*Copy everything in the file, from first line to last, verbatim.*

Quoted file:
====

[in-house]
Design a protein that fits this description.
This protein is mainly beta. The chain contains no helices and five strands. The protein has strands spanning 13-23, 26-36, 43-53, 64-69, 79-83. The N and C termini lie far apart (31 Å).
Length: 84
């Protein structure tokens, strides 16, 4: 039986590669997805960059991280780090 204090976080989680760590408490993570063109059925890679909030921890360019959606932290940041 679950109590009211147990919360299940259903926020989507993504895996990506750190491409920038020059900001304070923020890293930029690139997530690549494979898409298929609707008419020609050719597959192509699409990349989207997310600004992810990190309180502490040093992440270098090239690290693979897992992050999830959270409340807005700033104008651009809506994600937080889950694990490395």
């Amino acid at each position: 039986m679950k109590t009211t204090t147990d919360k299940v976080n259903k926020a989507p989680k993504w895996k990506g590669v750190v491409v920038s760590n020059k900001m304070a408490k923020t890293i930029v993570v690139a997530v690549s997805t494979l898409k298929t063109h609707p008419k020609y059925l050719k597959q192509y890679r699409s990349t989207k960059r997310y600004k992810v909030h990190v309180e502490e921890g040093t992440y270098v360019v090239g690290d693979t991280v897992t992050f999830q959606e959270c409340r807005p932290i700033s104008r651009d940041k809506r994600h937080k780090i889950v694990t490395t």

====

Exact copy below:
[in-house]
Design a protein that fits this description.
This protein is mainly beta. The chain contains no helices and five strands. The protein has strands spanning 13-23, 26-36, 43-53, 64-69, 79-83. The N and C termini lie far apart (31 Å).
Length: 84
């Protein structure tokens, strides 16, 4: 039986590669997805960059991280780090 204090976080989680760590408490993570063109059925890679909030921890360019959606932290940041 679950109590009211147990919360299940259903926020989507993504895996990506750190491409920038020059900001304070923020890293930029690139997530690549494979898409298929609707008419020609050719597959192509699409990349989207997310600004992810990190309180502490040093992440270098090239690290693979897992992050999830959270409340807005700033104008651009809506994600937080889950694990490395």
């Amino acid at each position: 039986m679950k109590t009211t204090t147990d919360k299940v976080n259903k926020a989507p989680k993504w895996k990506g590669v750190v491409v920038s760590n020059k900001m304070a408490k923020t890293i930029v993570v690139a997530v690549s997805t494979l898409k298929t063109h609707p008419k020609y059925l050719k597959q192509y890679r699409s990349t989207k960059r997310y600004k992810v909030h990190v309180e502490e921890g040093t992440y270098v360019v090239g690290d693979t991280v897992t992050f999830q959606e959270c409340r807005p932290i700033s104008r651009d940041k809506r994600h937080k780090i889950v694990t490395t």